The term "Evergreen IT" has been around for some years. It has been defined multiple times in many different ways, but when talking to enterprise IT organizations around the world, more often than not, IT managers and executives complain that they still don't really understand what it means.
Today, I want to kick off a small series of blog articles that tackles the basics of Evergreen IT by defining the term in the simplest way possible (and in less than 100 words!) before taking it apart and going through the details.
Definition Of Evergreen IT
"Evergreen IT is a modern IT management approach that emphasizes making small, iterative updates to an organization's IT landscape (including desktop hardware, operating systems, products, applications, and server infrastructure) on an ongoing basis rather than undertaking isolated big bang migrations.
It shifts the focus from "Keeping The Lights On" to driving Digital Transformation — making an organization more agile, competitive, and secure as the IT estate is always up-to-date and compliant.
To be successful, Evergreen IT requires tighter lifecycle management, executive buy-in, continuous budget, and a rethinking of internal processes, people, and technology."
Let's pick that definition apart.
Continuous Improvements Rather Than Big Bang Transformations
The main difference between traditional big bang IT migrations and modern Evergreen IT management is how often upgrades and improvements are made to an IT environment.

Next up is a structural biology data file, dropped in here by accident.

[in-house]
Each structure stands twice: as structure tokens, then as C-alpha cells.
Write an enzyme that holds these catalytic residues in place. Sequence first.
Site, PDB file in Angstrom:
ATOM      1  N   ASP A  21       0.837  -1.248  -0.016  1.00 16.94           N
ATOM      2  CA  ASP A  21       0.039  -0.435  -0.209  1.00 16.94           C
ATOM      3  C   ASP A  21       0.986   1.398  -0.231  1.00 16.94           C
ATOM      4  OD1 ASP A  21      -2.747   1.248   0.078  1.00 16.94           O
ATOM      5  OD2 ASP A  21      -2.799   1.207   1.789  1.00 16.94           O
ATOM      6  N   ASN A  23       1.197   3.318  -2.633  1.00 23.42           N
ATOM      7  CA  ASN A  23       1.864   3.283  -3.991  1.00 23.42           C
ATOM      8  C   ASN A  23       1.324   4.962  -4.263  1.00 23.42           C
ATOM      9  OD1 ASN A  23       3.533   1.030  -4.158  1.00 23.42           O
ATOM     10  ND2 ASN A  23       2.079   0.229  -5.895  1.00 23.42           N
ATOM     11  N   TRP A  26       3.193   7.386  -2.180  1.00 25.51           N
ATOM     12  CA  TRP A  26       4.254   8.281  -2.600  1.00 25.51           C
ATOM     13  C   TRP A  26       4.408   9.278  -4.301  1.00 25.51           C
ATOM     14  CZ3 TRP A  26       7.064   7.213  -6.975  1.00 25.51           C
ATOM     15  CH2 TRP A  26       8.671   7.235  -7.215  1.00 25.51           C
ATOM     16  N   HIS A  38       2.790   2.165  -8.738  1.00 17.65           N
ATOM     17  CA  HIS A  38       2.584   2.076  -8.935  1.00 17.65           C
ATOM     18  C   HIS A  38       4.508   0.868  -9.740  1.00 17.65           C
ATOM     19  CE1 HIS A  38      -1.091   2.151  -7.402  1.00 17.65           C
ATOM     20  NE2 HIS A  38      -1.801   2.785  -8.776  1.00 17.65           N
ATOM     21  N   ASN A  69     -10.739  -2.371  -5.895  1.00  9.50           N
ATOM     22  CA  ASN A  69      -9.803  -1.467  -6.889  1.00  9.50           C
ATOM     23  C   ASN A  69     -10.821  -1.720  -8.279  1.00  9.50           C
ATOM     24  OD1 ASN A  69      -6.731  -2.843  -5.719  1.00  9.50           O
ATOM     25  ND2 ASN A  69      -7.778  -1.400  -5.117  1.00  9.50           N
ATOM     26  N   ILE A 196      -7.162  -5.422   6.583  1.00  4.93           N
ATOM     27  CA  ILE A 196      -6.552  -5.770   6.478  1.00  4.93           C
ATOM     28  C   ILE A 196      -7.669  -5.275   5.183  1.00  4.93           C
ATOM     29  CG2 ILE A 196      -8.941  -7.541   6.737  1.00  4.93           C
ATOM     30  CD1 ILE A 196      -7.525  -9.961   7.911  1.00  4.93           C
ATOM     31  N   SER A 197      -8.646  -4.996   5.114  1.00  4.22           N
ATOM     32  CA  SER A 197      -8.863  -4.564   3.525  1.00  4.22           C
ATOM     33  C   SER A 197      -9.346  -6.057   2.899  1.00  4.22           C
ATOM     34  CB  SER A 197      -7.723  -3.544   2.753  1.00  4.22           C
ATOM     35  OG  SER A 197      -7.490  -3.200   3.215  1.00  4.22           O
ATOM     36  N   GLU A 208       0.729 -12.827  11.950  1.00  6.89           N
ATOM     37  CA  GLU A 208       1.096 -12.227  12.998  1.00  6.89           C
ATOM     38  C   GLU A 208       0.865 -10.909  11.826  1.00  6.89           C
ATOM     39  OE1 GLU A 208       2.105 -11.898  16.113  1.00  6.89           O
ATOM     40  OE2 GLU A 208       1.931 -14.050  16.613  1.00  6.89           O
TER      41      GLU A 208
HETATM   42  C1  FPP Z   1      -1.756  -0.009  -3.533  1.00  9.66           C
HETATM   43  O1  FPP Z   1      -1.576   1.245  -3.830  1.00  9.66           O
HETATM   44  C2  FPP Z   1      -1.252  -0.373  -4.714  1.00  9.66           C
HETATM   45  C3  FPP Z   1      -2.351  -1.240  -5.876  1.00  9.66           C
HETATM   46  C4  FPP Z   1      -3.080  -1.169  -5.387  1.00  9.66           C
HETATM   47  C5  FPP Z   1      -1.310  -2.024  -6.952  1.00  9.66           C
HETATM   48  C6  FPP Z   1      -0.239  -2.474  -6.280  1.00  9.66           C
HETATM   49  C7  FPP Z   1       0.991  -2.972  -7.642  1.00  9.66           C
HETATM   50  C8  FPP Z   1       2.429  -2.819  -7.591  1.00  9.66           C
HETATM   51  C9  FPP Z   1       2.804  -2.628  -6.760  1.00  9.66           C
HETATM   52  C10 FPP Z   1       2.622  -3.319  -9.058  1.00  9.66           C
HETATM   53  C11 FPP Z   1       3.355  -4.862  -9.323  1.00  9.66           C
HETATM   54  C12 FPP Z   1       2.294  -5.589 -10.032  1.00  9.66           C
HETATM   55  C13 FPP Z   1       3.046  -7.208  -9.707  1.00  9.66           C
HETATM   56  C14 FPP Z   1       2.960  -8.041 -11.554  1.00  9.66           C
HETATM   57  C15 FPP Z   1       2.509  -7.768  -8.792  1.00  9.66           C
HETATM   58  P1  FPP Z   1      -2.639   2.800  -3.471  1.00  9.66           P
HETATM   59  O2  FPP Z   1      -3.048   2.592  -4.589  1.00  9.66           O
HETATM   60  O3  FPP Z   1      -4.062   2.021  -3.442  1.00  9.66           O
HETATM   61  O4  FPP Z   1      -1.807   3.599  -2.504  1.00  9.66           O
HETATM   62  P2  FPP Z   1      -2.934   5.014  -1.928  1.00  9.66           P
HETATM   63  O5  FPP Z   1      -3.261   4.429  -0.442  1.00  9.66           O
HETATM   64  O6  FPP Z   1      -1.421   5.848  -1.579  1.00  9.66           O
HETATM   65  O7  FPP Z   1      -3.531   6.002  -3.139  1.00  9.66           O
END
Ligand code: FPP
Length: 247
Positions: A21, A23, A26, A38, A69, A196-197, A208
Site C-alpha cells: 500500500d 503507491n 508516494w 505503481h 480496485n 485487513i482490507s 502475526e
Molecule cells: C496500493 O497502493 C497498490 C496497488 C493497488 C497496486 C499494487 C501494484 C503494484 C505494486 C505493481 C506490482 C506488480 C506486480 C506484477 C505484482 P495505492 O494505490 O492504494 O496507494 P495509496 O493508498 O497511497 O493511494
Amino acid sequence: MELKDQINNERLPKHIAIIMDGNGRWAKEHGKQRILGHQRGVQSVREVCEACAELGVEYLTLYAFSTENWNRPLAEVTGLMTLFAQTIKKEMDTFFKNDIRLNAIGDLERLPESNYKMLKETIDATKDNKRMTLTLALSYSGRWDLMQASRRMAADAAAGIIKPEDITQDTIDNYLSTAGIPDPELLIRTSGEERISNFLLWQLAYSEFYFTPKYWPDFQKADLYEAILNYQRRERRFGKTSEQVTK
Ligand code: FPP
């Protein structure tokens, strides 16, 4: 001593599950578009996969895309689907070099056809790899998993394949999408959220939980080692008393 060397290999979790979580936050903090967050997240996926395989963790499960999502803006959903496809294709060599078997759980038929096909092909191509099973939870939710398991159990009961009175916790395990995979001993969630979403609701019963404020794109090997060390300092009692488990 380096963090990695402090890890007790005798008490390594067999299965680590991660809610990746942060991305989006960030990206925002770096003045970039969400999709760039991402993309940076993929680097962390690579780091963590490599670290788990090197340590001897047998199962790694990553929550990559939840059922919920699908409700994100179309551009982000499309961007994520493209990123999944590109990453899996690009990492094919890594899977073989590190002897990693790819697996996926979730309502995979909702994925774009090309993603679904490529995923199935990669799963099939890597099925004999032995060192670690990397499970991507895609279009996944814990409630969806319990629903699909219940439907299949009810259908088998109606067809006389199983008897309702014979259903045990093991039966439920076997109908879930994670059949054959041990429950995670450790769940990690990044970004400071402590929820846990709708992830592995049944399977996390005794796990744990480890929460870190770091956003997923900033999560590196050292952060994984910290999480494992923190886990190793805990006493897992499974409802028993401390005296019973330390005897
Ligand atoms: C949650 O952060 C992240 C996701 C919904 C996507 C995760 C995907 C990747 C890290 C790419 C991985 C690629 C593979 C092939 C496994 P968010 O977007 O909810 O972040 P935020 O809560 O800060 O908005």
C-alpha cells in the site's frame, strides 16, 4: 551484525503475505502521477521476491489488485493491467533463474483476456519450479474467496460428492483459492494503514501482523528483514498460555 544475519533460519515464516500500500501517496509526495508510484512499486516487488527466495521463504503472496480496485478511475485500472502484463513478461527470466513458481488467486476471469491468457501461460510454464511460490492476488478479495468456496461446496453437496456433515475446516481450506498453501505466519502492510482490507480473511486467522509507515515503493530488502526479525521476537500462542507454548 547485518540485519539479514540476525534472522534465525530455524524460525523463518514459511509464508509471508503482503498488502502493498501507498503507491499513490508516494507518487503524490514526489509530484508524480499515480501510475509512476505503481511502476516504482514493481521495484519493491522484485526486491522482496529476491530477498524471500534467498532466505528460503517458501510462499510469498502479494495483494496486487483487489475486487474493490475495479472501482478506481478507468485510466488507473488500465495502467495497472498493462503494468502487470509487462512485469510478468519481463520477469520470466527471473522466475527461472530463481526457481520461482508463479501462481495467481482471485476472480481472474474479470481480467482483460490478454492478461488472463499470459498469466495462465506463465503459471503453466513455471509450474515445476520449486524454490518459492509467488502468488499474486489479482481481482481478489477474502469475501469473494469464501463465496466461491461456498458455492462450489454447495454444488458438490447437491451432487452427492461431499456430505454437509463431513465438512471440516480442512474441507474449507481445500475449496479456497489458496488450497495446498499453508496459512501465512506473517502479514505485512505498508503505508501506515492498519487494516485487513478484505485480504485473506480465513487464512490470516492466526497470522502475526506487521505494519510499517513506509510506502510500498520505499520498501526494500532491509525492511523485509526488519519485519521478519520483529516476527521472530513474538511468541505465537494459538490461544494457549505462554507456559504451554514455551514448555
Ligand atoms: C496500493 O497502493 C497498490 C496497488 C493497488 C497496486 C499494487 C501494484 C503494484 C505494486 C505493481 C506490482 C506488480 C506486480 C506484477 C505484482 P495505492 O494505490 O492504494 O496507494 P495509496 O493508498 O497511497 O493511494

In the past, we have planned larger projects around an OS upgrade (e.g., moving from Windows XP to Windows 7), a hardware refresh, or an infrastructure upgrade. As per the definition of the term project, they had a defined start and end date, an earmarked budget, and an assigned project team. On average, they were meant to run for 24-36 months but usually they took much longer, went over budget, and were very frustrating to deal with.
Evergreen IT, like cloud-based apps or as-a-Service products, strives to constantly improve by upgrading weekly, monthly, bi-annually, or yearly — whichever is appropriate. For example, Windows-as-a-Service will require monthly security updates and one or two (depending on your upgrade strategy) feature upgrades a year. An app like Bloomberg will receive updates every month or so.
Smaller, Iterative Upgrades
If upgrades are delivered continuously, it is only logical that the updates themselves must be much smaller and iterative.
Let's put that into perspective for a minute: Windows 7 Enterprise Edition (64-bit) required a minimum 20GB of hard drive space. The Windows 10 19H2 update requires no more than 3.5GB of disk space, but if you have the latest cumulative update (1903) installed and are using the enablement feature, the upgrade is less than 180 kilobytes!!!
Because change happens all the time and much faster, compatibility issues are usually much less significant, the learning curve is less steep (resulting in much faster user adoption), and the employee experience is better. Instead of ignoring or trying to block an upgrade, end users will start to anticipate and look forward to an upgrade.
Shifting From "Keeping The Lights On" To Digital Transformation
Currently, nearly every organization in each industry and competitive niche is undergoing Digital Transformation — changing the way they operate with the goal of delivering a better experience and therefore more value to their customers by integrating digital technology. This is an ongoing process that requires organizations to continuously push the boundaries and move beyond their existing comfort zones. This happens mainly through innovation, digitization of assets, and an increased use of technology.